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ROCKY MOUNTAIN HUSBANDMAN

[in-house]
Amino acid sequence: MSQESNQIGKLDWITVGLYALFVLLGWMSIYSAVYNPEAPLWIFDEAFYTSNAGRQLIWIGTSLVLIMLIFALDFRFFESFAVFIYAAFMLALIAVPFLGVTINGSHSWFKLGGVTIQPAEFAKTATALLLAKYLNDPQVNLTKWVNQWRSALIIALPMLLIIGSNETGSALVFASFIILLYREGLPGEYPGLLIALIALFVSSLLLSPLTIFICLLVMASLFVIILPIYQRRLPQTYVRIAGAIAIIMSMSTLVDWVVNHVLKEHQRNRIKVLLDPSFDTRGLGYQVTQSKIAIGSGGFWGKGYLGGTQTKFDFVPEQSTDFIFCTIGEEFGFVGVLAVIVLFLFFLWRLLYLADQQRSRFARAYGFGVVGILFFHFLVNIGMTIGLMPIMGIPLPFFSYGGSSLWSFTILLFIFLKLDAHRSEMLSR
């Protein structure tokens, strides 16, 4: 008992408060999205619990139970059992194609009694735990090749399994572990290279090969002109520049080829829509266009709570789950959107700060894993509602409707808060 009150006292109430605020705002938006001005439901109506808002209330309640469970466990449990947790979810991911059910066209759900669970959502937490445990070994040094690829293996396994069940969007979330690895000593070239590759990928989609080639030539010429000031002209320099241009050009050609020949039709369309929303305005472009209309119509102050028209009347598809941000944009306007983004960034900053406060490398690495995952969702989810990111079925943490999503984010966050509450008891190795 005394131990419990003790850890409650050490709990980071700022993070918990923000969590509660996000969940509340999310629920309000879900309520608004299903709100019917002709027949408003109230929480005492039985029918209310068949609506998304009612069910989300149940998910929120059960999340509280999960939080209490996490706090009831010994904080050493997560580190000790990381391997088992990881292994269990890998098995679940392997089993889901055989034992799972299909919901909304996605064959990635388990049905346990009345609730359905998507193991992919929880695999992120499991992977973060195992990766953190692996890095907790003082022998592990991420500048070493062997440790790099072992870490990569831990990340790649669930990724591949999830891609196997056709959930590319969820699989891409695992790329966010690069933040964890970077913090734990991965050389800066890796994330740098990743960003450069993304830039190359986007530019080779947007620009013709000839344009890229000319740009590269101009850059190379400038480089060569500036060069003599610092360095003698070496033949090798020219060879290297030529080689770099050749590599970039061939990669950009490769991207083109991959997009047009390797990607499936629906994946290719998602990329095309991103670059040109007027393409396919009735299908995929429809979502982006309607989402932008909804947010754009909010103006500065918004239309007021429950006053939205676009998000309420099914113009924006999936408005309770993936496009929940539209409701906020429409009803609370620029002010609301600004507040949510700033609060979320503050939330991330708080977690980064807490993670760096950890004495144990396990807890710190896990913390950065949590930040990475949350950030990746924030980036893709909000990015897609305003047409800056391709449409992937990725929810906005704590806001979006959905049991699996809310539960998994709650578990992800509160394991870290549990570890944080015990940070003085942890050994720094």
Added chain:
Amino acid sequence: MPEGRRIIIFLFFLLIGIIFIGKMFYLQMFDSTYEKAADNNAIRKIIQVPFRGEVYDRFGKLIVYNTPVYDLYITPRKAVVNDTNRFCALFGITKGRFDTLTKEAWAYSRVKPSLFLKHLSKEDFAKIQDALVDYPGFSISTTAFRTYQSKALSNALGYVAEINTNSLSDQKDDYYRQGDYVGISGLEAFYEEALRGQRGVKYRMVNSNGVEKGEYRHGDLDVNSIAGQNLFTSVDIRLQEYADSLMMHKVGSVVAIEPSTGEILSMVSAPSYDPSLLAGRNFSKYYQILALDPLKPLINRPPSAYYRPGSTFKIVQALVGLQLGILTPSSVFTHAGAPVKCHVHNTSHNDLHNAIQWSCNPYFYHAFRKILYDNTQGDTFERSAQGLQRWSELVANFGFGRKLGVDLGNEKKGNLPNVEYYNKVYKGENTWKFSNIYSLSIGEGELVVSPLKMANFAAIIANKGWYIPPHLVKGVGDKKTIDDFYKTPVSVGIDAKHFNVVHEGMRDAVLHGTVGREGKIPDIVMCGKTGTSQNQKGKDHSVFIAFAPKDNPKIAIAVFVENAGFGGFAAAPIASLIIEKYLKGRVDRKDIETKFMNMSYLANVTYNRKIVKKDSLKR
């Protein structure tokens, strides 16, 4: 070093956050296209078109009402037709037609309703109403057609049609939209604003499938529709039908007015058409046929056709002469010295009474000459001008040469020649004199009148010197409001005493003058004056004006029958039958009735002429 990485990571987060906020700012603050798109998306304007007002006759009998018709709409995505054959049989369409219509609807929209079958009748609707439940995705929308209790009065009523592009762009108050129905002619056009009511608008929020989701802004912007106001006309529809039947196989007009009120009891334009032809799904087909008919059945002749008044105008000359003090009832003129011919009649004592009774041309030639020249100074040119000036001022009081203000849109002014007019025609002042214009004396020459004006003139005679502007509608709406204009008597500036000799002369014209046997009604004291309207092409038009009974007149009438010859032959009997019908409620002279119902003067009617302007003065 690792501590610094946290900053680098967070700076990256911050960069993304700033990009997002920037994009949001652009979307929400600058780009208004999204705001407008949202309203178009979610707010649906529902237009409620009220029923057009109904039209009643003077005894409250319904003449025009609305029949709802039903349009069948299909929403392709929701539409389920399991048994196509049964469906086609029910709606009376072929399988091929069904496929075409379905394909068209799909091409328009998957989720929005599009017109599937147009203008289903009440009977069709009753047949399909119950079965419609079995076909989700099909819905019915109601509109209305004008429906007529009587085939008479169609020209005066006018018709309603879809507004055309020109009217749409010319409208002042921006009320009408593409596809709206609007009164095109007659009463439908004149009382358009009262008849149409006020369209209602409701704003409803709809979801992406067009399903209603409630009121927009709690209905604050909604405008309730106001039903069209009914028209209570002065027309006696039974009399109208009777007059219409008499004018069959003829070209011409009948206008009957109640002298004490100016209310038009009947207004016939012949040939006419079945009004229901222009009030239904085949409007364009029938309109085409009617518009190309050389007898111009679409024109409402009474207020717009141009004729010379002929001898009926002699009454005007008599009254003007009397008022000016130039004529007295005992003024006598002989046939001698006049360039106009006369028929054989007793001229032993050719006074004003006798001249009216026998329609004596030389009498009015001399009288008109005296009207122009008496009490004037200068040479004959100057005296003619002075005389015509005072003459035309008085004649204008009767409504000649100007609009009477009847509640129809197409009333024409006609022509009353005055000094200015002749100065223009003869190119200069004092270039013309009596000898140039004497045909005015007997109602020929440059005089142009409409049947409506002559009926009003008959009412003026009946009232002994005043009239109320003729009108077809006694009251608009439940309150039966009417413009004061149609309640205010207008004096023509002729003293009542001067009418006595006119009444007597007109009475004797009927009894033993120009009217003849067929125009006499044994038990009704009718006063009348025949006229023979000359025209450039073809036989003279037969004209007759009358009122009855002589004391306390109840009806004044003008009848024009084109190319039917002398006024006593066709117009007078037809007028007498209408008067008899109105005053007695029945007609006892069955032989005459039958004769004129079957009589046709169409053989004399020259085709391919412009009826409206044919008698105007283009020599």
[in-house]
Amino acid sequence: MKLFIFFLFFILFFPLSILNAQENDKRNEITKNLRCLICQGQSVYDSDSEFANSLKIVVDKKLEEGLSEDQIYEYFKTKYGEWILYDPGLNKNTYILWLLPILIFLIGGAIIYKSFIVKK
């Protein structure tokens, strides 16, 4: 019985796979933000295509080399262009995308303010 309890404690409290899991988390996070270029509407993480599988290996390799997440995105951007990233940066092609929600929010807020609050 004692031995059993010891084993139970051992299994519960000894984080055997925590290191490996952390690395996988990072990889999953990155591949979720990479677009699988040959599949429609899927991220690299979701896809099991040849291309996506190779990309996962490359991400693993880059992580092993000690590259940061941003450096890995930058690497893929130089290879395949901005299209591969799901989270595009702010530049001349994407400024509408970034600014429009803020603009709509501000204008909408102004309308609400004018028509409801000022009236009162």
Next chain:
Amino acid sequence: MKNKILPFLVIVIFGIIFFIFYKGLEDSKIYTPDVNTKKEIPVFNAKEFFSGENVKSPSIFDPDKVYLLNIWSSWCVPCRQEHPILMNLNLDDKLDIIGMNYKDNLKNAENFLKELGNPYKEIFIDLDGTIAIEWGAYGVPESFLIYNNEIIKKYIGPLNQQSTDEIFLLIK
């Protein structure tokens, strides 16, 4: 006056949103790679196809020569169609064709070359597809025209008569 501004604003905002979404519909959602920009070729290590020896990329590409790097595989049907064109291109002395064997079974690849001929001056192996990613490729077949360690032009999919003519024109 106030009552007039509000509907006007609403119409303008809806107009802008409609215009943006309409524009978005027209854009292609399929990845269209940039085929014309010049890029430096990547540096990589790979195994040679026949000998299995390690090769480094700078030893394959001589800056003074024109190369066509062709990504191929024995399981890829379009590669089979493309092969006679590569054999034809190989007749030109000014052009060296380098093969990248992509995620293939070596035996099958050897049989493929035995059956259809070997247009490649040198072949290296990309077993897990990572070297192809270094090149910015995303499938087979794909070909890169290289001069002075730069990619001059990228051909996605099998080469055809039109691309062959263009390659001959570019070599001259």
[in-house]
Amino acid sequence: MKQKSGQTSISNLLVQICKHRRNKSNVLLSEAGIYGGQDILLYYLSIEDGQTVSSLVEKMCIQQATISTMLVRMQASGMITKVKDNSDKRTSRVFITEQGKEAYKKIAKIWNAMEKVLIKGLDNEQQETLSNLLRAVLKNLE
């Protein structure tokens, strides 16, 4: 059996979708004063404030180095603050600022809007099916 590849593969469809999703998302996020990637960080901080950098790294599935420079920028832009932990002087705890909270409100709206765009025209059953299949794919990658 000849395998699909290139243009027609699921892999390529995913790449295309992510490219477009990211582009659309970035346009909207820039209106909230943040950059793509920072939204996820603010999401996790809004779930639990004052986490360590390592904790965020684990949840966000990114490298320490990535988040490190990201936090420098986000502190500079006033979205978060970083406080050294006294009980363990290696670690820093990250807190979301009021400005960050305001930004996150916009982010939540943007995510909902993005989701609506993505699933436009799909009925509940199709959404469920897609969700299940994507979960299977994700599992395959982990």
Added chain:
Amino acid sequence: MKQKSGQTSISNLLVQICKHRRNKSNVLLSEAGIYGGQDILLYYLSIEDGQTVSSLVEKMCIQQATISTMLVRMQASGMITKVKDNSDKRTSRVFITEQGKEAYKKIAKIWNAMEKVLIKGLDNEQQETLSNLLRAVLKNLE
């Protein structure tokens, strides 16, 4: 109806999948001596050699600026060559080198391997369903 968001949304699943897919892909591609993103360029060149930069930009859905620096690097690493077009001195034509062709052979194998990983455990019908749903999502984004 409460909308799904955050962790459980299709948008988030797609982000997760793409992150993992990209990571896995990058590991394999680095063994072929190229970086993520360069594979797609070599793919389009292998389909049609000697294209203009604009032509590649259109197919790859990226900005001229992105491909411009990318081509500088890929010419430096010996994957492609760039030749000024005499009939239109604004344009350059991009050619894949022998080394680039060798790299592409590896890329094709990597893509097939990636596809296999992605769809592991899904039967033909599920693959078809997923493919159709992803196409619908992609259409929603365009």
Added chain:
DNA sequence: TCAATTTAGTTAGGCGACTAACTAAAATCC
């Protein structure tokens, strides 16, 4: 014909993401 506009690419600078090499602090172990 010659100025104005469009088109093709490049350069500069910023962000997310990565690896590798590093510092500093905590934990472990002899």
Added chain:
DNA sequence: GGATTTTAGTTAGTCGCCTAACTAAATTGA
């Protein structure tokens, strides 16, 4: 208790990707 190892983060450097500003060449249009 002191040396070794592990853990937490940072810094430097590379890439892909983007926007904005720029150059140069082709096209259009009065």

04.OO Et PELt ANNUM. A Journal Devoted to Agriculture, Live-stock, Rome Seadlng, and General News. 1 0 OLp VOL. 4. DIAMOND CITY, MONTANA, SEPTEMBER 11, 1879. NO. 48. ~~ II_ PUBLISHED WEEKLY BY R. N. SUTHERLIN, EDITOR AND PROPRIETOR The ROCKY MOUNTAIN IHUSBANDMAN is designed to be, as the name indicates, a husbandman iL every eonse of the term, embracing in its columns every department of Agriculture, Stock-raieiLg, Horti oa.ture. Social and Domestic Economy. ADVERTISING RATES. 1week $2 $3 $5 $7 $ If $11 $20 $ 30 tweeks 3 4 7 10 12 15 28 40 1 month 5 8 12 15 19 21' 40 60 3 mouths 10 10 24 30 36 42 i80 120 S months 1845 54 65 120 200 1 year 30 40 60 75 90 105 180 250 Transient advertisements pavauzie in advance. Regular advertisements payable quarterly. Twenty-live per cent. added for special advertise ments. AGRICULTURAL. GREAT care should be taken by farmers not to allow the markets to be so crowded as to run pricks below a living standard. The labors of the husbandmen have been blessed with an immense harvest, it is true, but this is no reason why the product should be sold for less than its actual value, which must be put down at what it cost to grow it. In 1873 crops were large and pro duce sold very low, but then there were scarcely 15,000 people in the territory; now there are nearly double that, while the acre age of grain has not increased more than half, which is a sufficient guarantee that there will be consumption for the major portion of the crop before next harvest. The impression being general that the crops have been extraordinary it will require but a small rush on the market to force every thing down, and once down, it will be hard to raise. We would not advise farmers to hold for a raise, but would suggest that they market with care, and when a fair profit cannot be had, to hold. The consumption will increase daily until next harvest, and there is good reason to believe that there will be but a small pescentage of grain left in the bins by threshing season next year. SWEATING WHEAT. The folio wing is from the St. Paul Press, and may be good theory : We notice by our exchanges that many of the farmers about the state are again thresh ing from the shock and hauling their grain direct to market. Ordinarily this plan has some advantages to recommend it, but this, year, when the wheat has been bleached out by not suns and repeated rains, it is not advisable. It should by all means go into the stack and undergo the "sweat" before being threshed and sold. This will in most cases raise the grade and save the owner from five to ten cents on the bushel. The sweating process is not one generally understood. Taking either wheat or oats, or even hay, and stacking or'mowing them, in a short time they will be found to be un dergoing what is commonly known as the 'tsweat." On opening the stack' the straw will be found damp as well as the grain, accompanied by considerable heat, which lasts for a number of days. At such times it is difficult to separate the berry from the head, and it is seldom threshed by any good tarmer till this period is past. The result of this sweat is, that the dead oolor of the berry is restored while the ker nel litselfisfllled out and is considerably plumper than when it went into the stack. But this is not all. During this period there has been a constant absorption by the ber ry of the nutritive elements in the stalk, rendered active by fermentation, and this developes and ripens the kernel. bome question whether there is any more gluten added, but it is our opinion that there is, and that it is richer in albuminolds, and will make consequenty a higher quality of flour than if not stacked at all. But the suggestion we desired to tIrge was the stack ing would brighten the grain, which is this year mostly of a dead color, and add a few dollars more to the revenue of the farm, which all will frankly acknowledge is al ways small enough. p-- -~ CULTIVATION OF THE STRAWBE=RY. The finest way to grow the strawberry, all things considered, is in hills The best time to set the plants is early in the spring as soon as the ground is dry enough. They should be planted in rows three teet apart and one foot apart in the row. It is very important that this should be, done early, for if growth commences and youtig roots are sent out before the plants are taken -up, they receive a check that must be more or less iij urious. The best soil for the strawberry is a rich, sandy loam, it succeeds better on loam than on light sand or stiff clay. The gr~and should be well prepared, as for any other crop, but no poor subsoil should be turned up, as it is very necessary to have the str face rich. When the plants are taken up, all dead leaves and runners should be removed, and the stems shortened to the roots, shortenied to three or four inches. They should thbh be put in a pail, with water enough to cov er the roots. By this method the plants will be prevented from wilting, and even it the soil is not very moist it will adhere to wet roots, and growth will soon commence. After planting, all blososms and runners should be cut off as fast as they appear, amiil the ground should be kept well stirred.t: This stirring should be kept up till abo. the first of September, after which the sotf~ should not be disturbed to any depth. ;If weeds appear they should be removedb hand, or carefully shaved off with the hqi If the soil needs enriching, apply bonedii' and wood ashes, alone, before the last culi: vating. ELarly in the winter the entire surface should be covered with straw, to the depth of an inch or two, and as soon as growth commences in the spring it should be re moved from directly over the crowns, and left between the plants to serve as a mulch to keep the ground moist and the fruit clean. The great want of the strawberry is water, and any means that can be employed to keep the soil moist, will greatly increase the crop. Mulching is generally the best and cheapest way to gain this object. It is sometimes recommended to remove the mulch in the spring and cultivate betweeh the rows, and then put it back, but I believe that this is always injurious. In the fall, a new lot of roots is sent out, which occupy the entire surface for some distance from the plants, and those enould not be dis turbed till after the crop is gathered. When grown in hills it is- customary to take three or four crops from the same plants. As soon as they are done bearing each season the mulch should be removed, as well as all runners and'rusty leaves,' and the space between the rows very thorouglh ly stirred with the cultivator. When the strawberry is to be grown iti matted rows, the rows should be four fet apart, and the plants set from one to four feet apart in the row, according to the vi - or of the variety. All blossoms and runners should be cut off till July, by which time the plants wi.l be able to send out several good strong run ners at a time. Which may then be allowed to grow. Nothing is gained by allowing them to run before they get abundantly able. They should be cultivated frequently du.. ing the summer, but the same care should. be exercised not to disturb the roots in the fall and spring, as when grown in hill They should be lightly covered during th winter.--Matthet, Crawford. M.mNSOTA ships 75,000 barrels of flou every week. The average cost of freight to the seaboard is 60 cents. THE POULTRY YARD. PRODUCTION AND KEEPING OF EGGS. Oftelitimes it is a matter of importance to keep eggs for a time. When prices rule low, they may be preserved in comparative freshness for several weeks, even in July and August, if care be taken to place them on end as soon as brought in from the nest. One not accustomed to the handling and care of eggs can form no idea of the short ness of time required for the yelk of an egg to settle on one side, where it adheres to the shell and quickly spoils in warm weath er. Always place the egg on the big end. I have tried both ends, and have decided in favor of the fgrmer position. Eggs should be gathered tfom the nest every day, and where, there are many hens kept, twice in a day. It matters not tor what purpose we desire eggs, the hens that produce theni should always be yocng and healthy. Eggs that are to be kept tbr any length of time should always be those from young hens, or if two years old, only from those in per feet health. If this rule is closely observed by breeders who export eggs for hatching, from one locality to another, there will be better satisfaction given. It is of much im portance that the eggs have perfect shells, and a hen not in perfect health may drop her eggs regularly, yet the shells may pos sess imperfections that render them unfit either for keeping or hatching. A hen in perfect health will not drop an egg dally for more than three days In sue c:maon. .Fowls that are confined In narrow ~nclosures~tor any :legth of time cannot be its perfect helth They are forced -out of F#or immediatena , $uheir g ,r as good as any. With inoreasb· age th egg-shells grow thinner, and aoae drop them with no shells at all. Strength and sta.mina of the system, supported by good wholesome food, produce the shell. It is a calcareoUs substance that forms around the egg after it is perfecfed in the oviduct. The completed egg consists off seversl compo nent parts, each one of whifdfdraws on the vital energy and stamina of thb bird, whihe is so formed thetits body performs its natu ral tfu~ tion in regular order when in health. We huist Consider that they are forced' ount of their natural order when we feed them up for great egg production. Did any, 'one ever hearof a wild bird that dropped a'soft egg, or ever see a shelless egg that wa.. dropped by a wila bird? We have pro duced poultry that do not sit. Nature In. tended the hen to sit on her eggs for three' weeks, and afterwards to nurse and run with her chicks for four or five weeks. long er. In this interval the system gains tone and strength. It is an entire change.; a di vision of labor, and the fowl gathers strength and tone for futureegg-production. The regular sitters seldom drop more than sixteen eggs in a clutch, and then comes broodiness. OwG non-sitters are the result of success ful breeding from fowls which had mani fested little desire to sit. It was a great ,achievement. They are a manufactured race, and mustbe cared for dfiPerently fromt the old common breeds much given to sit ting and little laying. Many years back perpetual layers were unknown, as well as the production of eggs in winter. Among the birds of the air there is one species known as "cow blackbird," that never sits, but perpetuates its kind by dropping its eggs into the nests of other birds, by which the young are brought up. Generally the nest of a small bird is chosen, and in rea , Ing the saaltr birds are frequently robbed of their le'l ian& perish, the overgrown bird'Ab eat g t e larger share of food., Tie owab qtr ot be any greatla # herei 4a dwciaedi by the othet birds thus i on for the species Is .no'-t veryplea ··-· V Eggs dropped in May and June keep much better than those dropped later in the season. The reason is that the fowls are in better condition. After the middle of July, the close summer heats and sultty nights come on, and the birds are more or less ex hausted. The moulting seaso9 is close at hand, and the whole system Is preparing for a change, the recovery from which 18 a question of time and care. By thsl time, it left unheeded, their roosting ..aces have become foul and infested with vermin. From this time out, stimulants and mild tonics should'be given to the perpetual lay ers as required. To be thoroughly profits. ble, these fowls should not be kept over the second winter, unless it be in exceptional cases. There is no breed of fowls that as cepts management as readily as the Arab mas. They yield to confleenuent, in time, place and food, without repining,` yet they are tender, and require more care and .'fore thought in feeding than any of the other races of sitters. Perfect eggs, after nce ob tarIed, should be set' up b~i end in good, sweet, lIean dats, and kept.it a cool place, and there will be fotbud little `imi$ y sI saving them to obtain afair p.4 t t fail .h, markets. They must posees pod, thi.ck perfect shells, or they will not kep;.-(. in C&oulWy Gtleman. 1 THiE HOUSEHOLD. Mutton ie Wis T 4. o bohttu of a ba.4h t onst or ...ed ,n. ,jtp s w ith thin toesi, r e two onionios tw tabW e o! g4 vineaer. D eT to nten , as~ tlop all e, ad boll a . oIeo .tndil, t w hl kip - eupt of time. One quarteot eand 4 t aye ued ists eai ost, th o f ,esh ps oo e 2a er s.aq cEe of the pi1n yel. lwiae e,9S o eve. . ,evel roands situp 4o ºt seeps to.to . goi te keep fropn !posling, s t tho e tpatoms, ;awne4j the pp tUth ha . p tte nle or thicker. Ptt In Mars andet them. it the toeatoes are boiled, to uch they will hardeh . 'ake them'n out in alMte .thy wlb utly ; t. clear r a i. is not.neessary topii~ thea Int I Jars, sithlc stone jai r i.d. .t :..y . or lard, one cupfta 01 wbi 'l one pint of moildses, three -'eggs, ` . f . ot water with two teaspoo a o! ,4a4) solved in it, one tablsf ginod' , and flour enough to sake a toig by eabE batter. Drop with a spoon into a lonfg pan. Dyspqptio B.r1d.-dnAe ad a half. cup of sweet ,milk, two-thirds of a eup of sweet cream, salt, and three cups of Graham four. Bakie in a very hot oveni, Ogeo heons whimb have been 'i es aind aed first on the lower 9gte adA then oi the aupper, until ot a rich birown. Takie out on a plate *r4 partly al Weore eating. If yosu do dot asucceed ti e firtihe, follow directions tor thickneiss ofGrihaim tibread. Sowu Mik (ake4-One cup of llok cup sugar,. ou-half op butter, five cups% Oar, one eBgg one teaspoonfhl eso a, half cup choopped ralas 8 .st 9AgtliA floraist way that .i.is soft soap will destroy;thp4 ot roses; used by atetepig* qussiachips halfa A hpp1 ion santen Strain, at ' ig two more of water . _; ot soap; with this syIap i.